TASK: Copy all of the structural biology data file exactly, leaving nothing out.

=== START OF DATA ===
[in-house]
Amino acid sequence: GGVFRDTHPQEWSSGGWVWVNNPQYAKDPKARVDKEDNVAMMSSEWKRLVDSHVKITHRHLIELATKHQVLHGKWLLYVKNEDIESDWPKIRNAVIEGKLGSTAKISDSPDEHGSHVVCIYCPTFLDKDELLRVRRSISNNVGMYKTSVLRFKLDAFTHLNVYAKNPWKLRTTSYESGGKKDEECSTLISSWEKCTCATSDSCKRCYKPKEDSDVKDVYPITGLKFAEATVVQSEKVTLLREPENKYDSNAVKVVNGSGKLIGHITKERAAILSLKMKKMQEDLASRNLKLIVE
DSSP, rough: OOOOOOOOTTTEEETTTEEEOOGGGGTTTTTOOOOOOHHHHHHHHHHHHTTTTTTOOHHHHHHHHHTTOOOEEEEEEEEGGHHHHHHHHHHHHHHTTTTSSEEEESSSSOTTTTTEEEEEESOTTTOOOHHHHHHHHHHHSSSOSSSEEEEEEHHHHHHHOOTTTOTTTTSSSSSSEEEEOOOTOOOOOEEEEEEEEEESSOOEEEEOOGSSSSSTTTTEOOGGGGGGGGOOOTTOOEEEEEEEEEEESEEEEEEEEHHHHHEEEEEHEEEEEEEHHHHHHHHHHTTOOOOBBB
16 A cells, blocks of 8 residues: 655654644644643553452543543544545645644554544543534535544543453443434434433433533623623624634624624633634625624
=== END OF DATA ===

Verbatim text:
[in-house]
Amino acid sequence: GGVFRDTHPQEWSSGGWVWVNNPQYAKDPKARVDKEDNVAMMSSEWKRLVDSHVKITHRHLIELATKHQVLHGKWLLYVKNEDIESDWPKIRNAVIEGKLGSTAKISDSPDEHGSHVVCIYCPTFLDKDELLRVRRSISNNVGMYKTSVLRFKLDAFTHLNVYAKNPWKLRTTSYESGGKKDEECSTLISSWEKCTCATSDSCKRCYKPKEDSDVKDVYPITGLKFAEATVVQSEKVTLLREPENKYDSNAVKVVNGSGKLIGHITKERAAILSLKMKKMQEDLASRNLKLIVE
DSSP, rough: OOOOOOOOTTTEEETTTEEEOOGGGGTTTTTOOOOOOHHHHHHHHHHHHTTTTTTOOHHHHHHHHHTTOOOEEEEEEEEGGHHHHHHHHHHHHHHTTTTSSEEEESSSSOTTTTTEEEEEESOTTTOOOHHHHHHHHHHHSSSOSSSEEEEEEHHHHHHHOOTTTOTTTTSSSSSSEEEEOOOTOOOOOEEEEEEEEEESSOOEEEEOOGSSSSSTTTTEOOGGGGGGGGOOOTTOOEEEEEEEEEEESEEEEEEEEHHHHHEEEEEHEEEEEEEHHHHHHHHHHTTOOOOBBB
16 A cells, blocks of 8 residues: 655654644644643553452543543544545645644554544543534535544543453443434434433433533623623624634624624633634625624